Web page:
Zero Suicide Implementation



 

Jacqueline Ryan, MPH; Pavan Somusetty, MD; Han Liang, MD; Eli Pahl, LCSW, CADC III

https://doi.org/10.7812/TPP/19-039-2

Abstracts from the Kaiser Permanente 2019 National Quality Conference

From Northwest

Background: Suicide claims more than 47,000 American lives each year, with each death leaving devastating and immeasurable impacts on surviving loved ones for decades or longer. Research shows that nationwide, almost half of those individuals had sought medical care in the last month before their death, often for other unrelated health care needs. In Oregon and Washington, suicide has risen to become the 8th leading cause of death. Kaiser Permanente Northwest’s (KPNW’s) Zero Suicide Initiative seeks to strengthen its health care system to prevent these tragic deaths by identifying its highest-risk members and by ensuring they receive timely and appropriate evidence-based interventions once identified.
Methods: The population included members of KPNW seen in Mental Health, Addiction Medicine, Primary Care, Pain Clinic, Obstetrics and Gynecology, and Pediatrics who answered a Patient Health Questionnaire (PHQ-9) used for screening and monitoring depression or those who otherwise indicated suicidal ideation directly to health care providers. We increased depression screening in Primary Care to all members and created consistent and reliable escalation pathways for anyone seen in the above departments who indicated a positive 9th question (the screening question for suicide) on the PHQ-9 by applying the Columbia-Suicide Severity Rating Scale (C-SSRS) during the visit before the patient left the office. The answers to this tool were collected as discrete data. Those who were seen outside of Mental Health and Addiction and scored a 3 or higher on the C-SSRS were provided a warm transfer to a behavioral health clinician (either in person or by phone) to collaboratively develop a safety plan intervention with rapid follow-up in a specialty mental health clinic. Those who were already being seen in a specialty mental health or addiction medicine clinic collaborated with their provider directly on the safety plan before leaving the office. Our outcome measures were: Depression screening rate, C-SSRS Utilization and Completion in Response to Elevated PHQ-9 9th item, and Suicide Incidence Rate in Mental Health and Addiction Medicine.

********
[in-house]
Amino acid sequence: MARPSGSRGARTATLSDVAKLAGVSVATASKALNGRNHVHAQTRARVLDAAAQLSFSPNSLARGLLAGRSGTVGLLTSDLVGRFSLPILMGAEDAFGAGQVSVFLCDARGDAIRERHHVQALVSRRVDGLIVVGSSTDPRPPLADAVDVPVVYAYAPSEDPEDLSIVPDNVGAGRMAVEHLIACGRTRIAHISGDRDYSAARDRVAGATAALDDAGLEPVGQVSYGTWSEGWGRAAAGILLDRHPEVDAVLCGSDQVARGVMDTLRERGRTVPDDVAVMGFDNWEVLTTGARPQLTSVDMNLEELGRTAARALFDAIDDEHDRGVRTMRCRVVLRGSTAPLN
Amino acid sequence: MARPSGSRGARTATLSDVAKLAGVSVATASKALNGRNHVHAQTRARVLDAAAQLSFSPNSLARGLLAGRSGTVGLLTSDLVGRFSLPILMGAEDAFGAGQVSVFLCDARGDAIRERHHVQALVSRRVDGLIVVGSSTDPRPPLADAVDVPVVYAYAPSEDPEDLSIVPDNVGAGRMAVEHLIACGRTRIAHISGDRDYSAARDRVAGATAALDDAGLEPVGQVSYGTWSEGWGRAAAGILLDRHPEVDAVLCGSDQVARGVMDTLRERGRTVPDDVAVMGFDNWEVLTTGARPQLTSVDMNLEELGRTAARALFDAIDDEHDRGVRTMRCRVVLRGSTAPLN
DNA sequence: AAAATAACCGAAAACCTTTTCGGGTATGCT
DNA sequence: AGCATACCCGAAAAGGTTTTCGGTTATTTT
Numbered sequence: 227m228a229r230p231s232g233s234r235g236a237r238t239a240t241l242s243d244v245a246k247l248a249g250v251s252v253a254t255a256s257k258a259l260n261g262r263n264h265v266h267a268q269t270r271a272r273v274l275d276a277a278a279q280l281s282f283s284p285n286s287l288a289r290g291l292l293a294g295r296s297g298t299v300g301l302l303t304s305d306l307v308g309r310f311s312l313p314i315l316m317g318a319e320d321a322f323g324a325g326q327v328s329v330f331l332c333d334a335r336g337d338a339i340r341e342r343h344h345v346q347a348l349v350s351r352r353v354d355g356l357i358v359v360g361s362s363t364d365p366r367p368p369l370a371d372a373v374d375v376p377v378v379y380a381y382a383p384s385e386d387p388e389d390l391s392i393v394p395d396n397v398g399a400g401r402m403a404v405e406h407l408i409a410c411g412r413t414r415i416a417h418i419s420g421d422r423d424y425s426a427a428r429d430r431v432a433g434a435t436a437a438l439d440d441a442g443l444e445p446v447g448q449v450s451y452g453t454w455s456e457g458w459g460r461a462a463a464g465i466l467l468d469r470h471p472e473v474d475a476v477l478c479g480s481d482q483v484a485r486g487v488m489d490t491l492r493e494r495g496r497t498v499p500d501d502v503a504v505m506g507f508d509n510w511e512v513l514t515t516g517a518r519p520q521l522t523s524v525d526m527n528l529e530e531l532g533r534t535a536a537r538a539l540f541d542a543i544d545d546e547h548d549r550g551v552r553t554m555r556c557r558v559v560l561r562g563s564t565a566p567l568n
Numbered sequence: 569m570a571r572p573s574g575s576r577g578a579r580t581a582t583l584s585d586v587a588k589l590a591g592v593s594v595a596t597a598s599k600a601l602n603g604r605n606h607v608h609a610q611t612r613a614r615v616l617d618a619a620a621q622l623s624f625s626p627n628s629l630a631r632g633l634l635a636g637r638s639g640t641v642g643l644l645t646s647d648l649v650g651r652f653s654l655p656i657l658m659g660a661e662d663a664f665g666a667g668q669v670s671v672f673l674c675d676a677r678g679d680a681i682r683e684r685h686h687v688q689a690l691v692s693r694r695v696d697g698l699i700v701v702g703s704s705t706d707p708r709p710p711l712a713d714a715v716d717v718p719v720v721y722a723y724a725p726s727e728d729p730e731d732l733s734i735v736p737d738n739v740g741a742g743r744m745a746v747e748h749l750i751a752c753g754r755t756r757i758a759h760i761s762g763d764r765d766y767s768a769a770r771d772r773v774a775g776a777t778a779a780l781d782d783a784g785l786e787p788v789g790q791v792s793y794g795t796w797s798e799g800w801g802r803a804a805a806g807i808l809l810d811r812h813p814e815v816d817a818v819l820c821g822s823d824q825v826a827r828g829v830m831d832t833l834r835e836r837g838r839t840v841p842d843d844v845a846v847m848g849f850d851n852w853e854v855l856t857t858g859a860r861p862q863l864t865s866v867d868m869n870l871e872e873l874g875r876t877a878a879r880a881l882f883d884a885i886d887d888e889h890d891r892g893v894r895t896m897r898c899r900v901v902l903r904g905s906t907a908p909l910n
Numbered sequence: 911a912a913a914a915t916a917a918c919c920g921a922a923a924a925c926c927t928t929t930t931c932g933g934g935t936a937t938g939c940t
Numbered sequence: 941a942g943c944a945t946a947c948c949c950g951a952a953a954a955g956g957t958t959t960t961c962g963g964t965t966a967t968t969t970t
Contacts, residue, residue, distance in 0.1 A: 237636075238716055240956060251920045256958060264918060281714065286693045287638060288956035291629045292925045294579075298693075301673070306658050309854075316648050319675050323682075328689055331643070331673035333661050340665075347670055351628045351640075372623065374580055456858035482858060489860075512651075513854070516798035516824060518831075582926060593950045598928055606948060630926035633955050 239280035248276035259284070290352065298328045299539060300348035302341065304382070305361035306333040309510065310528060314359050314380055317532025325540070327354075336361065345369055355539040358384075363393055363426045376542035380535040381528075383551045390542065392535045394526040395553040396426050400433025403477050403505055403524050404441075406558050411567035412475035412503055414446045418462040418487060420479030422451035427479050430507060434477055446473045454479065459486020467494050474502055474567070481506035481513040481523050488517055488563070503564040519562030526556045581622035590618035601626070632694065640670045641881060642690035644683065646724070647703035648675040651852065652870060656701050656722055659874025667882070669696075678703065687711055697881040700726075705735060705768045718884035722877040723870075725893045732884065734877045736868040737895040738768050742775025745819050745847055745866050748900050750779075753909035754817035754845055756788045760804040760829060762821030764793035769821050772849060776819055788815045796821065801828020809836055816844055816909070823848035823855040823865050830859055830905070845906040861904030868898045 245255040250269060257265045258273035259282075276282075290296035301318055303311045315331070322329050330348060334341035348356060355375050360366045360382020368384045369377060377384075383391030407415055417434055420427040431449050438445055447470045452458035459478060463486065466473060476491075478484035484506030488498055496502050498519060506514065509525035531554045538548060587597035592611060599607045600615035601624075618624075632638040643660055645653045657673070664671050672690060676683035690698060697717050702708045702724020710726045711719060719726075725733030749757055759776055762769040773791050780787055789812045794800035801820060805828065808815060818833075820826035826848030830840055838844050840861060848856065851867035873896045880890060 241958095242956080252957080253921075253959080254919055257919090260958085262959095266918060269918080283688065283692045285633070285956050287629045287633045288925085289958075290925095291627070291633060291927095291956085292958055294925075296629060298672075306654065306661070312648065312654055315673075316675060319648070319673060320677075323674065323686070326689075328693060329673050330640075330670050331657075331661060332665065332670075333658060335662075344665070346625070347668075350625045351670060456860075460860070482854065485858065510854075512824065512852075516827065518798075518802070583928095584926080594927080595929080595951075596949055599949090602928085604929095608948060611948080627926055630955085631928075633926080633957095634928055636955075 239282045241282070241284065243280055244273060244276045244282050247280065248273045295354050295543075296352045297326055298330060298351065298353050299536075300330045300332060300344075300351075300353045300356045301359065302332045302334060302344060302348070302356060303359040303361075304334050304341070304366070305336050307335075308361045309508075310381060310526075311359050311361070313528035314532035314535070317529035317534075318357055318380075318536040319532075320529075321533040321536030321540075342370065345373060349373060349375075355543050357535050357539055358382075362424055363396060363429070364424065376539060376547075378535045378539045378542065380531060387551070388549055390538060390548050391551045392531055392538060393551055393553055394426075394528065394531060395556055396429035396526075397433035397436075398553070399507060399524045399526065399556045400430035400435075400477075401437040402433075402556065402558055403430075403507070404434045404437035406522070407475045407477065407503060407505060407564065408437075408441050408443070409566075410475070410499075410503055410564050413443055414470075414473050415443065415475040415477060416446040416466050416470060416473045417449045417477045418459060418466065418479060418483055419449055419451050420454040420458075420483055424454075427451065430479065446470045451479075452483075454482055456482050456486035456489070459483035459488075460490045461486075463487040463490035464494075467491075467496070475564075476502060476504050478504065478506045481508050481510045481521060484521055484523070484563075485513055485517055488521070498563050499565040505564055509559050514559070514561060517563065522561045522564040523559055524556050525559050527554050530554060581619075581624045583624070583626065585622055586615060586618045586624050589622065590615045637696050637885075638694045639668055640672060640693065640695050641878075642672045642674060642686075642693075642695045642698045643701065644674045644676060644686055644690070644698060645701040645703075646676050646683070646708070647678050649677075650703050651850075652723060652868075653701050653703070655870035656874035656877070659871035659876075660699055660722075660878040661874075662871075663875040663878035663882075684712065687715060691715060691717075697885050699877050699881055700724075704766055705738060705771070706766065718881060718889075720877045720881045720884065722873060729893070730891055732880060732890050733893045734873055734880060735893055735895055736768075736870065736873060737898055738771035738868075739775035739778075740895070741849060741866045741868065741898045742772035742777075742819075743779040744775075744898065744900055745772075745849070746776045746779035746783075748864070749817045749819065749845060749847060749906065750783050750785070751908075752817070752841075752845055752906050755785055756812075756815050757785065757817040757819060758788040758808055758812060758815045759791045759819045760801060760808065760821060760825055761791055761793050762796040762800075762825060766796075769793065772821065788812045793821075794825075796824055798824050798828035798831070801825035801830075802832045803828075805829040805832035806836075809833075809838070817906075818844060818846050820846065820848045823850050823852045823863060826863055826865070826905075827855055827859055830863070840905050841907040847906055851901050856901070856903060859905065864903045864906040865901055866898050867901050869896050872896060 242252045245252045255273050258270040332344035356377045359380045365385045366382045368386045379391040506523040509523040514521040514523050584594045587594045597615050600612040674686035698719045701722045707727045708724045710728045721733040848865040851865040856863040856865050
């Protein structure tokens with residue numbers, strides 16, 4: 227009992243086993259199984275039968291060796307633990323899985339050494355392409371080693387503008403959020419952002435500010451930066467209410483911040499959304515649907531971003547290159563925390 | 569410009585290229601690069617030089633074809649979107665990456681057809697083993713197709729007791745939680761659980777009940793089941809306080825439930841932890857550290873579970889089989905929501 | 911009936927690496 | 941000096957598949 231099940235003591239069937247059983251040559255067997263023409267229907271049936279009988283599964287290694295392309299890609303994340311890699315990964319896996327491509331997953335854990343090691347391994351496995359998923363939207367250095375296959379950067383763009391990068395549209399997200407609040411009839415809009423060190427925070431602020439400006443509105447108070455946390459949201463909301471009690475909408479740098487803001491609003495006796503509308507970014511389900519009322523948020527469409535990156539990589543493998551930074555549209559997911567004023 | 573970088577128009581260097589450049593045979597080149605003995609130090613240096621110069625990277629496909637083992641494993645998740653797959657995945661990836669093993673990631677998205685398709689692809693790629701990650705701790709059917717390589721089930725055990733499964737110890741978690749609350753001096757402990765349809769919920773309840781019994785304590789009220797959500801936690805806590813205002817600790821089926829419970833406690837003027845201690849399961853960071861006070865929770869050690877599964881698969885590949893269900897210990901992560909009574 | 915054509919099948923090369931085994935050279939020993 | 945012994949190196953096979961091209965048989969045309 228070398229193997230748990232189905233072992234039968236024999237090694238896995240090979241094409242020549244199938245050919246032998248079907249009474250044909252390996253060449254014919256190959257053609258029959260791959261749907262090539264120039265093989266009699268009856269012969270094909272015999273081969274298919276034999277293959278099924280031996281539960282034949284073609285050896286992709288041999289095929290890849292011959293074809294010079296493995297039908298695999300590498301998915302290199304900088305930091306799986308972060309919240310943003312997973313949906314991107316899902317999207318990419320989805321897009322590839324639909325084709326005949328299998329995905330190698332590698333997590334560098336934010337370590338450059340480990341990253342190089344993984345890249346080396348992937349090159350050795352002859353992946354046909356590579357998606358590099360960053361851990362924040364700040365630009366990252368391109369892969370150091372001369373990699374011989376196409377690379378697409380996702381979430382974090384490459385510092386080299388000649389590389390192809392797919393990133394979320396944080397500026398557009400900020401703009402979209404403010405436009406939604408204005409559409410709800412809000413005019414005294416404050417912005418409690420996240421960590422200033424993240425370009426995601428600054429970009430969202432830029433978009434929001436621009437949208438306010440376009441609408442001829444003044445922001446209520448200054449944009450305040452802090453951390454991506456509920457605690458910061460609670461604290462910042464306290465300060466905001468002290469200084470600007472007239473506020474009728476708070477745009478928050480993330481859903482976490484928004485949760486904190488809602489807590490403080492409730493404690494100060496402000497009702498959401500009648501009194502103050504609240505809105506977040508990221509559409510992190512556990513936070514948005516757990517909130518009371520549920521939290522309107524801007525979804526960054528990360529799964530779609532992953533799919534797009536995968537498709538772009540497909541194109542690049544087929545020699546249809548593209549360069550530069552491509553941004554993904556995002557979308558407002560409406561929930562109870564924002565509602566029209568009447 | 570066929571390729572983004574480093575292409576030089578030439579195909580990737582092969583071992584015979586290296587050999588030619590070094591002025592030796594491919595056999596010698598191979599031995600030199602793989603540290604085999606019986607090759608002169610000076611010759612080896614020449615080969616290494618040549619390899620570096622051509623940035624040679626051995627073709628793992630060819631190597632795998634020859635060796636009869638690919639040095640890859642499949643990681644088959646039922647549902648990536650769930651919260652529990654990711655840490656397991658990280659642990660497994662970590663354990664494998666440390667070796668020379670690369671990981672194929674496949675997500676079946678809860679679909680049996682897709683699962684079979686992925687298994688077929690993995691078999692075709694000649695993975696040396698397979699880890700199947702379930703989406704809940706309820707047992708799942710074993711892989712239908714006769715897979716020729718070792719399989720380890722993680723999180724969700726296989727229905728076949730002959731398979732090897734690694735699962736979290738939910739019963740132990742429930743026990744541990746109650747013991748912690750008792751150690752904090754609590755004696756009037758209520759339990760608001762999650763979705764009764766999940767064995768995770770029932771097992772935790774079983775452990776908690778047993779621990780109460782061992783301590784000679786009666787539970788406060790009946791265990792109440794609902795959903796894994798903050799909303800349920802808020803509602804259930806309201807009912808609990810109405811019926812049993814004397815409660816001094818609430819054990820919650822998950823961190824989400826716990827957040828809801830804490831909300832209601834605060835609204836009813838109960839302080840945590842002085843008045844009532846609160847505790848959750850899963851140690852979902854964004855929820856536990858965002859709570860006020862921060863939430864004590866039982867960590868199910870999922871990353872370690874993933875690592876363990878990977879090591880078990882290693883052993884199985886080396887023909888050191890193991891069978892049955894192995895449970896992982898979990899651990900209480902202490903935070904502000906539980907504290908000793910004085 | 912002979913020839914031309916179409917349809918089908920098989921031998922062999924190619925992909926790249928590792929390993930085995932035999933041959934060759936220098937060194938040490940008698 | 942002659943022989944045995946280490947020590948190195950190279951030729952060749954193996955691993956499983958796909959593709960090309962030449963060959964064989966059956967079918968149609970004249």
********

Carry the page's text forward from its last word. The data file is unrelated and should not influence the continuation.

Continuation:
Results: Updated workflows in documentation for Pediatrics in April 2018 resulted in a significant increase in the depression screening rate from a baseline of 17.6% to 35.8% in September 2018. Universal screening for depression in the adult population began in August 2018, and we anticipate a similar increase in depression screening rates for adults in the coming months. Our baseline C-SSRS utilization rate (in response to a positive response to the 9th question on the PHQ-9) in December 2017 was 0.4% and by Q3 of 2018, this rate had increased to 60.1%. In May 2018, all mental health and addiction medicine clinicians were trained in the Stanley & Brown Safety Planning Intervention. Since this training, the Mental Health and Addiction Medicine Department has seen 2 calendar months of 0 suicides within the department.
Discussion: Tying the C-SSRS to the PHQ-9 workflows in departments that already use the PHQ-9 was a successful strategy in rolling out widespread suicide risk assessments. Collecting and reporting on measures and investing in training all mental health and addiction medicine clinicians in an evidence-based safety-planning intervention proved to reduce suicide incidence and helped to shift the culture at KPNW around suicide prevention. Our next steps include data collection for when safety plans are being used in response to an elevated C-SSRS score by capturing safety plans in the electronic medical record as discrete data, exploring the use of a risk calculator to further help determine those who would benefit from a C-SSRS even with a negative response to the PHQ-9, and engaging more departments in suicide risk identification, including the Emergency Medicine and Urgent Care.

Abstracts from the Kaiser Permanente 2019 National Quality Conference

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